Page:The House of Lords and the nation.djvu/19

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15
The Composition of the House of Lords.

the answer to our first question ought to be in the affirmative, and that a Second Legislative Chamber of some kind is not only desirable but essential.

Our second question is open to more difference of opinion, and requires to be considered at greater length.

II.—IS IT EXPEDIENT THAT THE PRESENT HOUSE OF LORDS SHOULD BE CONTINUED AS THE SECOND CHAMBER OF THE PARLIAMENT OF THE UNITED KINGDOM?

In order to arrive at a right decision upon this question, it behoves us to inquire into (a) the Constitution of the House, and the advantages or disadvantages which are consequent upon it; and (b) the benefit or otherwise which the House, as actually constituted, has conferred on the country during the course of our history.

(a) The Constitution of the House.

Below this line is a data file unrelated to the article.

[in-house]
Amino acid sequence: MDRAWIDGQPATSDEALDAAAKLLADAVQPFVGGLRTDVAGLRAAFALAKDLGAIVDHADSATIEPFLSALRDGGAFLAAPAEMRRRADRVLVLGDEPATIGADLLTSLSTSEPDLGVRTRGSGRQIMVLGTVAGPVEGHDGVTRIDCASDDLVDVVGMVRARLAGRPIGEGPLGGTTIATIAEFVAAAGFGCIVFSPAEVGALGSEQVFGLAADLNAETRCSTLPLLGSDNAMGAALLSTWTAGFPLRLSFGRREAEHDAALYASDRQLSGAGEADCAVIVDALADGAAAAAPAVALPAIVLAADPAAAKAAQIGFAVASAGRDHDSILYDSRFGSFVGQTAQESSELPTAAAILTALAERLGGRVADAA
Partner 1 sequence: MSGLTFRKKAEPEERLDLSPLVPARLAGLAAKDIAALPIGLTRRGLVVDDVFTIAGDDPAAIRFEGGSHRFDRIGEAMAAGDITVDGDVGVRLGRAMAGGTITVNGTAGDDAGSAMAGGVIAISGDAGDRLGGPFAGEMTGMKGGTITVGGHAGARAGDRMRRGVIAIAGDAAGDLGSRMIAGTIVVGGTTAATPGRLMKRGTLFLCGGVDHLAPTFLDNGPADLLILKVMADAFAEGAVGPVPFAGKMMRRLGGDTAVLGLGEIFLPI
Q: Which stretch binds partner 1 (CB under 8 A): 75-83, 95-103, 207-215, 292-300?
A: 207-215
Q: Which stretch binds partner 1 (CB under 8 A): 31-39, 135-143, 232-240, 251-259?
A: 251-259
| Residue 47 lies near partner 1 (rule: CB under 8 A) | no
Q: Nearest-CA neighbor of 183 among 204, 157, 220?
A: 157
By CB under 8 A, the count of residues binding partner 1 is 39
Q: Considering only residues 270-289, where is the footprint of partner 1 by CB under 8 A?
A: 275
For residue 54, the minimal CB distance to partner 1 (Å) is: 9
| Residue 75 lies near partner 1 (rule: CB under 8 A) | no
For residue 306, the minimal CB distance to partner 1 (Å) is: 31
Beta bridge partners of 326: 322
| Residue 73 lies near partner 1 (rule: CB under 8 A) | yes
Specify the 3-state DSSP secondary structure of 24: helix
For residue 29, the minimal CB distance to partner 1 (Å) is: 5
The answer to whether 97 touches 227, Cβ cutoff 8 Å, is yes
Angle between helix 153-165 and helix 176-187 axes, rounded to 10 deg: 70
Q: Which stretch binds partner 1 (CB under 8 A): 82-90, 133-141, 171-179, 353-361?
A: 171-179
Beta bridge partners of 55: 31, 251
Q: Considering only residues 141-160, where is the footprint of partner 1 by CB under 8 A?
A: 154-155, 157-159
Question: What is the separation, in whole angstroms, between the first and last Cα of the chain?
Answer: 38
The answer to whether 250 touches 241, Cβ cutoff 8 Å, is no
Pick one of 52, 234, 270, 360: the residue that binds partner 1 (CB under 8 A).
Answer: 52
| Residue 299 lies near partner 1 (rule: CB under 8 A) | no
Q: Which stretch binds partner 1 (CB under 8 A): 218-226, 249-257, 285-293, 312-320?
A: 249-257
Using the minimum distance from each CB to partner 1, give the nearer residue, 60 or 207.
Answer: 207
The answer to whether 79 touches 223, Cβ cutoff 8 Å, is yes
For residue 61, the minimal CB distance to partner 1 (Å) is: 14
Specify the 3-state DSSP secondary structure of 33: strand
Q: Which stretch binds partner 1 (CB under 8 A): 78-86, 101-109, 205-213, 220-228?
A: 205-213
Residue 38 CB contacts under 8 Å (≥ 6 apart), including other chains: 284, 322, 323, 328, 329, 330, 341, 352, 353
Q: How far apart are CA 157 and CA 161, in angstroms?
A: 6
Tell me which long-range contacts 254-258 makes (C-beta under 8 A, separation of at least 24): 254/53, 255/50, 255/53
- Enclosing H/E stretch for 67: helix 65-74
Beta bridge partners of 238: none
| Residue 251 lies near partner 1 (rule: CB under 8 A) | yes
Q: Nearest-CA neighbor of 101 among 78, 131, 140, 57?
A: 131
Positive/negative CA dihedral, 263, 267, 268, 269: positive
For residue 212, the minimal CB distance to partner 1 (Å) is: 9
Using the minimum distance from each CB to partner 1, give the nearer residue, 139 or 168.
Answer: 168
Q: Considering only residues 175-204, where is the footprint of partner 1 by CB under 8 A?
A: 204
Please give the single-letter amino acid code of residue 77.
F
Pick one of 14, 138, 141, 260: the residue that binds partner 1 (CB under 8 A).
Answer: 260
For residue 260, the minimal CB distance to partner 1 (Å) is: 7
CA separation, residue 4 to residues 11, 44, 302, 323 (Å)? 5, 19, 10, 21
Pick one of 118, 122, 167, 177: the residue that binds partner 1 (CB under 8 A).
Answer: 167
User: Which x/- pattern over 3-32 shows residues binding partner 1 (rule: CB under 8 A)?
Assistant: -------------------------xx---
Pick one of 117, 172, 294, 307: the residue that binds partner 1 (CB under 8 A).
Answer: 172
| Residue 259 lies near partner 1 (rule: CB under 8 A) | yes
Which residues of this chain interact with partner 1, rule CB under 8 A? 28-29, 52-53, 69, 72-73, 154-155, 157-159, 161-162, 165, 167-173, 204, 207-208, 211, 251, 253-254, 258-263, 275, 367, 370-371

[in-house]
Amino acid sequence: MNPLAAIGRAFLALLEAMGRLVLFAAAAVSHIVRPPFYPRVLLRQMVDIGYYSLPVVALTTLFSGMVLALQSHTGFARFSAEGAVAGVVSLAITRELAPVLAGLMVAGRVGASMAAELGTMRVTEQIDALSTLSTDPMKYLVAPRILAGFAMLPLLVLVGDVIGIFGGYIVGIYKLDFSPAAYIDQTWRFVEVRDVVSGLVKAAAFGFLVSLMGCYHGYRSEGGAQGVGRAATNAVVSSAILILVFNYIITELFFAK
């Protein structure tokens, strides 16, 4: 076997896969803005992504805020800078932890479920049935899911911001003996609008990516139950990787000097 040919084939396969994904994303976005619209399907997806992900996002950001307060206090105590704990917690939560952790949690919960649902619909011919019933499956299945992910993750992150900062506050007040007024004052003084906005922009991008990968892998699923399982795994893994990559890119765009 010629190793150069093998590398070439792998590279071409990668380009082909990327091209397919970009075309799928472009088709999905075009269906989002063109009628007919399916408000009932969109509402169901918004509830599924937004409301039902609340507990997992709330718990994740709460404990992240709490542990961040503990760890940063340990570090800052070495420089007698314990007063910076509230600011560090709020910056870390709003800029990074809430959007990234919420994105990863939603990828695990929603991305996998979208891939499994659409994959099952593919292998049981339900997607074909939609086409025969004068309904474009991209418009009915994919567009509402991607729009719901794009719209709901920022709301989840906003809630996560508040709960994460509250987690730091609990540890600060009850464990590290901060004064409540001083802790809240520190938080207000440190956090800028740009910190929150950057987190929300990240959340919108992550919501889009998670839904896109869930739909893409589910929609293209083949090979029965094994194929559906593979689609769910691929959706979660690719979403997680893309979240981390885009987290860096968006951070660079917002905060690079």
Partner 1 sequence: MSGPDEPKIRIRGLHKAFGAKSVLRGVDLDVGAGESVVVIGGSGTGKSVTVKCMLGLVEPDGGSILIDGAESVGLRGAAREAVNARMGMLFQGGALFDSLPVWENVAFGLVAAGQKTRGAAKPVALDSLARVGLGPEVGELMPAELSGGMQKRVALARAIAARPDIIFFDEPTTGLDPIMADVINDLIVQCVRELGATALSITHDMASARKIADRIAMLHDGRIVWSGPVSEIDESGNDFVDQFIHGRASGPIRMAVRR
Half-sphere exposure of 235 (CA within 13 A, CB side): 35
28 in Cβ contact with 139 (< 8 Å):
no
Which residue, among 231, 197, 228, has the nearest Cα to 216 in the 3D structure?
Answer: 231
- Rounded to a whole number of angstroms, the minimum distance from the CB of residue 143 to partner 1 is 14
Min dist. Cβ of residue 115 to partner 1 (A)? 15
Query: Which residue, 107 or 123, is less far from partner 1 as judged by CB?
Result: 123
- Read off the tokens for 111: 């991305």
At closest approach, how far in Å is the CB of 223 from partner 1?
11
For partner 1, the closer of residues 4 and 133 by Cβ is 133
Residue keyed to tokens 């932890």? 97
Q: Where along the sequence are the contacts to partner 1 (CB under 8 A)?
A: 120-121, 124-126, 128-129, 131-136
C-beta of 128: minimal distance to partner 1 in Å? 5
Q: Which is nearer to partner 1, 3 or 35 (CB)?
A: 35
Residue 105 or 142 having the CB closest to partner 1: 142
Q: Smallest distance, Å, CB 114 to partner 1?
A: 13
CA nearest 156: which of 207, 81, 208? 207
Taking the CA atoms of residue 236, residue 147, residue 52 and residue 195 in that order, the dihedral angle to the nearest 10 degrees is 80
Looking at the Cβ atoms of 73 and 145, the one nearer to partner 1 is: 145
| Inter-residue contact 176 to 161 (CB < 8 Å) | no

The Composition of the House of Lords.In considering the constitution of the House Lords, it is important to bear in mind that this constitution does not owe its origin to any cut-and-dried scheme or any carefully concocted design. It is the product of events, and only reached its present condition after the lapse of centuries. It possesses, in fact, that feature of natural growth, as opposed to artificial construction, which has distinguished all our institutions from those of foreign countries, and goes far to account for their superior permanency and stability. The existence in the early German tribes of select councils, as well as general tribal assemblies, has been already pointed out. When the tribes of Angles and Saxons who settled in England first formed themselves into kingdoms, their councils developed into witenagemots (assemblies of the witan, or wise men). Upon the consolidation of the Heptarchy into one kingdom, under the sovereign of Wessex, the Witenagemot of Wessex became enlarged into the Witenagemot of all England, and was composed of the lay nobles and the bishops, abbots, and priors of the realm. The Witenagemot survived the Norman Conquest, but it was thenceforth called the Great Council. The right to attend it was at first possessed by the lay and spiritual heads of the counties—the counts or earls, and the archbishops and bishops—and by such other laymen and